Communities Can Promote Long and Healthy Lives

by Molly Brown

In 2005, a National Geographic researcher, Dan Buettner, studied five communities (called Blue Zones) from around the world in which people regularly live well into their 90’s, free of the diseases often associated with aging.  His study is described in the Spring 2018 issue of YES! magazine, “To a Long, Healthy Life.” (

One of his strongest conclusions: longevity isn’t just up to individuals, their genetics, health habits, and good fortune.  Communities can create cultures of longevity and justice, which help everyone to live longer and healthier lives.  Here’s five principles that communities (and individuals) can adopt to do this.

  1. Eat mostly plants. How can communities make this possible?  In Siskiyou County, we are already supporting plant-based diets through our Farmer’s Markets that provide a wide variety of vegetables (along with some meat).  People can use CalFresh, EBT, and SNAP benefits to purchase fresh produce.  Let’s make sure that everyone has access to truly healthy fresh foods—and knows what they are—rather than subsisting on low-cost and low-nutrition junk foods.
  2. Move naturally. This is certainly more possible in rural areas like ours, where natural beauty abounds and invites us to walk, run, bike, ski, snowshoe, and so forth.  The Active Transportation Committee in Mt. Shasta plans and seeks grants for creating safe and inviting trails and bike paths in town and in the surrounding area.  The Mt Shasta Recreation and Parks District provides similar opportunities.  Let’s take advantage of our small towns and walkable neighborhoods to use our cars less and walk and bike more this spring and summer.
  3. Decrease stress. We are social beings and need to reduce collective stress by supporting one another.  One of the greatest stressors in our nation today is economic inequality.  We need an economy that supports meaningful and well-paying jobs, of course.  And we also need more time to take care of each other, to play together and make art and music.  We need to connect with one another in a variety of ways.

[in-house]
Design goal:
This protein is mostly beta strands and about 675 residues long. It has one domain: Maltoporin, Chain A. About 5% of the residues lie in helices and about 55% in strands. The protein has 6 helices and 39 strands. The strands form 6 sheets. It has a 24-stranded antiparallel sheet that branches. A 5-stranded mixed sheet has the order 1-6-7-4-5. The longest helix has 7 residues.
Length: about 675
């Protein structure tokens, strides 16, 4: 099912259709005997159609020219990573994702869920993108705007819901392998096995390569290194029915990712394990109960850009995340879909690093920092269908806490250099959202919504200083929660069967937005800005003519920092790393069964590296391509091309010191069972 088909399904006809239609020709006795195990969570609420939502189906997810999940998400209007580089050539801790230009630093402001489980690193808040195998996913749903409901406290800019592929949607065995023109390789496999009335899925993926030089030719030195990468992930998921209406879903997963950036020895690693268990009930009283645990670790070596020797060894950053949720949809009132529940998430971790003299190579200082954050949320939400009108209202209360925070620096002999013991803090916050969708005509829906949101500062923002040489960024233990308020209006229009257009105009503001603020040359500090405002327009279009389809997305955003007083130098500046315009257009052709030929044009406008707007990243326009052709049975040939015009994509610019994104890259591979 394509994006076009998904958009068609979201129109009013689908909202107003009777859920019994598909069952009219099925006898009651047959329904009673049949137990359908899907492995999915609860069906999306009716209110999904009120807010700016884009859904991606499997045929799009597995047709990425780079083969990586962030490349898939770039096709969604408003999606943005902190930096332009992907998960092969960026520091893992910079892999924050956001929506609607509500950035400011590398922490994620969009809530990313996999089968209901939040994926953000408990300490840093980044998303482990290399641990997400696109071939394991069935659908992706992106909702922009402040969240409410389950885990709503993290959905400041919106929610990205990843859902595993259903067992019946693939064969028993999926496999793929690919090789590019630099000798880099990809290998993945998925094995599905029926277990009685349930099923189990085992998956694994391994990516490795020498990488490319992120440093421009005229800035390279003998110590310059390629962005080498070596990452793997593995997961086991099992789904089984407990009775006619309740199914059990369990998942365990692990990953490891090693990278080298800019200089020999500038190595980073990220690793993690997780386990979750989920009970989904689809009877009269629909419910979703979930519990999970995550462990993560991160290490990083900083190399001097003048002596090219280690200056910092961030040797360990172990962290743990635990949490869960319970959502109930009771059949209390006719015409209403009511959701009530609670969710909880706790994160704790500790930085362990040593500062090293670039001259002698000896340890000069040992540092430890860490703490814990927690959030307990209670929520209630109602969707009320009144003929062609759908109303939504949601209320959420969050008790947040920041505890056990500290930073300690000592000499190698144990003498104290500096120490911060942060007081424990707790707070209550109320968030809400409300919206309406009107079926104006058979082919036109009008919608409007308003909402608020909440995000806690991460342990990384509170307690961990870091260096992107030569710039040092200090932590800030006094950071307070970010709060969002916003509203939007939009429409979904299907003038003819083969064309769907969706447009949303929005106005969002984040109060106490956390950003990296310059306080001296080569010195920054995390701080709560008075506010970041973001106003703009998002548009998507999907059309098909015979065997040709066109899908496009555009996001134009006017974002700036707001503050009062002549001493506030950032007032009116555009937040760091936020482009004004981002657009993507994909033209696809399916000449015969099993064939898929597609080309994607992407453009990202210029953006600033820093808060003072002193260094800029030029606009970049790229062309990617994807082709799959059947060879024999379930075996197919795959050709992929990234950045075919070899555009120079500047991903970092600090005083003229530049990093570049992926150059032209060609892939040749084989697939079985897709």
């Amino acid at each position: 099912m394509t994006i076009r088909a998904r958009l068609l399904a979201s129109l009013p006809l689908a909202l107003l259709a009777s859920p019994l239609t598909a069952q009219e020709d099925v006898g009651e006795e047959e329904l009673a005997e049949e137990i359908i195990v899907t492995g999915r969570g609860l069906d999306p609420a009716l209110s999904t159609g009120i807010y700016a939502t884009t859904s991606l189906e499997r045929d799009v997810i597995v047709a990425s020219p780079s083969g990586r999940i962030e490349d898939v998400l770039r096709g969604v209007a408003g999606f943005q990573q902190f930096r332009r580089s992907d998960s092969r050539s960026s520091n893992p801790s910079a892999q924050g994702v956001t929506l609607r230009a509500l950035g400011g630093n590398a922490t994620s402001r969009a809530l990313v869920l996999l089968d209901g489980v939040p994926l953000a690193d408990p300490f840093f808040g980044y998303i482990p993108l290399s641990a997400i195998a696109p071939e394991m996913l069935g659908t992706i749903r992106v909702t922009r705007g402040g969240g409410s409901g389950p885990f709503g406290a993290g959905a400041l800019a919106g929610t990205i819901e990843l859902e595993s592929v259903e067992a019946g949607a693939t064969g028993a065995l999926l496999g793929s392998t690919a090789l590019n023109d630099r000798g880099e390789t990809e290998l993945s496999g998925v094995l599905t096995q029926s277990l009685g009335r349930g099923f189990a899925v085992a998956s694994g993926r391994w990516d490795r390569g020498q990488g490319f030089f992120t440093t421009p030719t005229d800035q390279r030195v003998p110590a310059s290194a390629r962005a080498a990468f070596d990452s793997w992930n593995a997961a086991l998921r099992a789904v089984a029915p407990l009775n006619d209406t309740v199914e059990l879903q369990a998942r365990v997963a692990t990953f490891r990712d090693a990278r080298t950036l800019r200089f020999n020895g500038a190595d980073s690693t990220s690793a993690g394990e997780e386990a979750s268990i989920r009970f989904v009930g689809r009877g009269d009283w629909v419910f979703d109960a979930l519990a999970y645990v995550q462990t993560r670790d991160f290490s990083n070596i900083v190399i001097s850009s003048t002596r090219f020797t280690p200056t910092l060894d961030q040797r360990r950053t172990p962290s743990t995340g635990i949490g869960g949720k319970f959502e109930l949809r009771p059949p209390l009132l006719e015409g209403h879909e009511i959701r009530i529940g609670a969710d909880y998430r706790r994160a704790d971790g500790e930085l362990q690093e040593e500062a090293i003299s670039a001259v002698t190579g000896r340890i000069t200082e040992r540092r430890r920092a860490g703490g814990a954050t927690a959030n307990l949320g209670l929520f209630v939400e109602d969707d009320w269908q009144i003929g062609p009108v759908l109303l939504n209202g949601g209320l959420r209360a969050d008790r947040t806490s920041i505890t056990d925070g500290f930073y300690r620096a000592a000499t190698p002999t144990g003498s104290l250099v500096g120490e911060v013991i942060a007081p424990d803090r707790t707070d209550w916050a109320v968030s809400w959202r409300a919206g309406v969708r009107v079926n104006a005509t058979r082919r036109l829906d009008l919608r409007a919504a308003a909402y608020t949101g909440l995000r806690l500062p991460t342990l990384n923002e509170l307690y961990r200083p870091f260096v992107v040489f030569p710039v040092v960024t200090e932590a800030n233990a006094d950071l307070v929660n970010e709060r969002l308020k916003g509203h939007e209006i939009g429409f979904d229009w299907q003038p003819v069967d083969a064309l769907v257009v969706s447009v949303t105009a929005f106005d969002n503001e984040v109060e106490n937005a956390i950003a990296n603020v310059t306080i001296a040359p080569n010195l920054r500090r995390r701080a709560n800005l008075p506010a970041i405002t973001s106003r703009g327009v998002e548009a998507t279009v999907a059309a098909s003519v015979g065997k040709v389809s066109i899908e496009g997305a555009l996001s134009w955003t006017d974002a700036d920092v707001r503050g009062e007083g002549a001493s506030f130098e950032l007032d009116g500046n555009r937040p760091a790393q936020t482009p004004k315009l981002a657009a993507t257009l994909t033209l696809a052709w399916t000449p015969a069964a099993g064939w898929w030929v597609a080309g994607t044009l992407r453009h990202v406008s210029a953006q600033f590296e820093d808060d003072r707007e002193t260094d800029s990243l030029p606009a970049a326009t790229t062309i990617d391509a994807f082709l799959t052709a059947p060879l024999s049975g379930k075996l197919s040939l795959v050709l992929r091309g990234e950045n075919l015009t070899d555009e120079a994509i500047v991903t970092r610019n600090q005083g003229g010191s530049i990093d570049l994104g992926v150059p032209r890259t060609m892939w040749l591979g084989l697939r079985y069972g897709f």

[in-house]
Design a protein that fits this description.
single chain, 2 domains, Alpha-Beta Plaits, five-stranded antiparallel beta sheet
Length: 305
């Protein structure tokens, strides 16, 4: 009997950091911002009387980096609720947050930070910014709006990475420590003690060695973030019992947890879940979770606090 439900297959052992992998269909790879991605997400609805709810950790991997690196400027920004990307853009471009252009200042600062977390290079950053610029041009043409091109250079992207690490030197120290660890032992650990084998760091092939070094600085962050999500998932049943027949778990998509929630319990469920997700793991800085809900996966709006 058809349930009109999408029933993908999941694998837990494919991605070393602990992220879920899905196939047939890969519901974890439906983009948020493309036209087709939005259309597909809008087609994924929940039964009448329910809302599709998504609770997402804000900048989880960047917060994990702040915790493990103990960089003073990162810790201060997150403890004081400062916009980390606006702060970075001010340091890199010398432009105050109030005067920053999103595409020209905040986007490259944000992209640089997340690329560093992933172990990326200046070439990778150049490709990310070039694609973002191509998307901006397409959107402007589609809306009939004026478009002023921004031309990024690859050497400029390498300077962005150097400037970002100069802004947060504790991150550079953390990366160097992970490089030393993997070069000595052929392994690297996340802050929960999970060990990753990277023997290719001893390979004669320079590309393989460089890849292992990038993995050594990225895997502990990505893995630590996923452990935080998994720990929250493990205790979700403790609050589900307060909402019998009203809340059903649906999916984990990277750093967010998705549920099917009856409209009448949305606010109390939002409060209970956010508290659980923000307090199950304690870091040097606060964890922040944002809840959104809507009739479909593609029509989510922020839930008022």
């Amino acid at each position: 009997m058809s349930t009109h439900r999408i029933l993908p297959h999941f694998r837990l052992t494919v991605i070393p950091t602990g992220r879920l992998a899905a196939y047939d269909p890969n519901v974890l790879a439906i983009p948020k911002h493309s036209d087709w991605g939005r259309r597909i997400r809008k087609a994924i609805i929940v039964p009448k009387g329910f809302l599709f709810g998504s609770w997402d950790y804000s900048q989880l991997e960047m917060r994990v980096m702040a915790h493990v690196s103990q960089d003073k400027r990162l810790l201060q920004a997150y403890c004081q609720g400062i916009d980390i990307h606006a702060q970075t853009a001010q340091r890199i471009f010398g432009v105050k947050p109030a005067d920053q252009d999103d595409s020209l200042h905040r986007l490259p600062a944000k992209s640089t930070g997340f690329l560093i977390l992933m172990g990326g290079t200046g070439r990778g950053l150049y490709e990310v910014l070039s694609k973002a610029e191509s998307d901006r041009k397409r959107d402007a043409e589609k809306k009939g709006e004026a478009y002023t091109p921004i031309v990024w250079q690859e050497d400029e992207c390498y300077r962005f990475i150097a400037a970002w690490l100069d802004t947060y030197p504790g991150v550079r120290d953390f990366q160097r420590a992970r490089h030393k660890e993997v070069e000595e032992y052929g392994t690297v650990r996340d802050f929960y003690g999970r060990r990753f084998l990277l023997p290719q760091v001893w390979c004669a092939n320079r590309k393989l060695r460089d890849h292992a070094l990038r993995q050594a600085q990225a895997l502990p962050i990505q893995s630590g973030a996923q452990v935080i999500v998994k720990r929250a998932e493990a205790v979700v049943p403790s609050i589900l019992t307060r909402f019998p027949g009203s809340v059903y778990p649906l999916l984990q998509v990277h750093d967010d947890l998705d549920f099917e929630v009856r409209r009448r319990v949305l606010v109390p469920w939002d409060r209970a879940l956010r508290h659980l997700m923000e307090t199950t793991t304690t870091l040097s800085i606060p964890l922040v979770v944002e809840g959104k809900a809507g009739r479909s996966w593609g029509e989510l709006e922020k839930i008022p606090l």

4. Cultivate a sense of purpose—a great way to reduce stress. Blue Zone research shows that having a sense of purpose can add up to seven years to life expectancy.  Communities and groups within communities can have a shared purpose from which their members draw a sense of individual purpose.  Many people in South Siskiyou County share a common purpose of protecting our clean and precious air, water, soil, and land. Volunteer groups share purposes such as working with transient and homeless people, child abuse prevention, Meals on Wheels, city beautification, community gardens, and more.
  5. Belong to a healthy tribe. When we find common purpose, we restore a sense of belonging and cultivate empathy, creating healthy mutually supportive tribes. Healthy habits and unhealthy habits are contagious.  Our choices as individuals do influence others, especially our friends.
    Moreover, many people today need to shift their story from “rugged individualism” to interconnected individuality, so they feel comfortable asking for and offering help to one another.  We really can’t make it on our own.  “A culture that supports, protects, and honors friendships will give everyone more opportunities to be surrounded by caring people making healthy choices” (p. 12).

In many ways, South Siskiyou communities measure up to these principles, and no doubt we can do even better.  Let’s continue to work together to create supportive community cultures for the health, wellbeing—and longevity—of all who live here.